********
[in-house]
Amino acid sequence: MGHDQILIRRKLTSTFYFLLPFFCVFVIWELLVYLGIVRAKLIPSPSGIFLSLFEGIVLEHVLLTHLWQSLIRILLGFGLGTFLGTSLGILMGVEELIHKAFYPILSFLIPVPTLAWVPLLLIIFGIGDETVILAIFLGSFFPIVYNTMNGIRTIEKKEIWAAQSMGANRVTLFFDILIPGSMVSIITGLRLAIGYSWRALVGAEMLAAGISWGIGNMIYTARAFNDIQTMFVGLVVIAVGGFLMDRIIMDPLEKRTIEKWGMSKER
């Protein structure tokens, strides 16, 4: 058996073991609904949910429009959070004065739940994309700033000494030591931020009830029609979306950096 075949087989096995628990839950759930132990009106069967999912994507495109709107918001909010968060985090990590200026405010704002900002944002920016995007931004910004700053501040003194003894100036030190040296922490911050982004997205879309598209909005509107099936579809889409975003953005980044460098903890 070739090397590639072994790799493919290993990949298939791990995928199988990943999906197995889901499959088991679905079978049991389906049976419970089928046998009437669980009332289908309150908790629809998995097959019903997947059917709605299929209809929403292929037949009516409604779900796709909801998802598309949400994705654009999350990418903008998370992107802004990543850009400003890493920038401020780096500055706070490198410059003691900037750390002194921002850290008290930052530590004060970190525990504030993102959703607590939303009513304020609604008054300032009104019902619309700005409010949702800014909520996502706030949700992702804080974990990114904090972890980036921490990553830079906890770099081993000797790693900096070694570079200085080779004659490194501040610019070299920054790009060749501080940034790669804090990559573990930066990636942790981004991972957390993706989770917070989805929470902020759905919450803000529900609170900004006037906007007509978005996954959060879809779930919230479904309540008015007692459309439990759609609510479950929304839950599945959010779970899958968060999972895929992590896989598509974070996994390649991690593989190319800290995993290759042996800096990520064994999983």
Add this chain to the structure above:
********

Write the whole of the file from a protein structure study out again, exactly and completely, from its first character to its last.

[in-house]
Amino acid sequence: MGHDQILIRRKLTSTFYFLLPFFCVFVIWELLVYLGIVRAKLIPSPSGIFLSLFEGIVLEHVLLTHLWQSLIRILLGFGLGTFLGTSLGILMGVEELIHKAFYPILSFLIPVPTLAWVPLLLIIFGIGDETVILAIFLGSFFPIVYNTMNGIRTIEKKEIWAAQSMGANRVTLFFDILIPGSMVSIITGLRLAIGYSWRALVGAEMLAAGISWGIGNMIYTARAFNDIQTMFVGLVVIAVGGFLMDRIIMDPLEKRTIEKWGMSKER
């Protein structure tokens, strides 16, 4: 058996073991609904949910429009959070004065739940994309700033000494030591931020009830029609979306950096 075949087989096995628990839950759930132990009106069967999912994507495109709107918001909010968060985090990590200026405010704002900002944002920016995007931004910004700053501040003194003894100036030190040296922490911050982004997205879309598209909005509107099936579809889409975003953005980044460098903890 070739090397590639072994790799493919290993990949298939791990995928199988990943999906197995889901499959088991679905079978049991389906049976419970089928046998009437669980009332289908309150908790629809998995097959019903997947059917709605299929209809929403292929037949009516409604779900796709909801998802598309949400994705654009999350990418903008998370992107802004990543850009400003890493920038401020780096500055706070490198410059003691900037750390002194921002850290008290930052530590004060970190525990504030993102959703607590939303009513304020609604008054300032009104019902619309700005409010949702800014909520996502706030949700992702804080974990990114904090972890980036921490990553830079906890770099081993000797790693900096070694570079200085080779004659490194501040610019070299920054790009060749501080940034790669804090990559573990930066990636942790981004991972957390993706989770917070989805929470902020759905919450803000529900609170900004006037906007007509978005996954959060879809779930919230479904309540008015007692459309439990759609609510479950929304839950599945959010779970899958968060999972895929992590896989598509974070996994390649991690593989190319800290995993290759042996800096990520064994999983």
Add this chain to the structure above: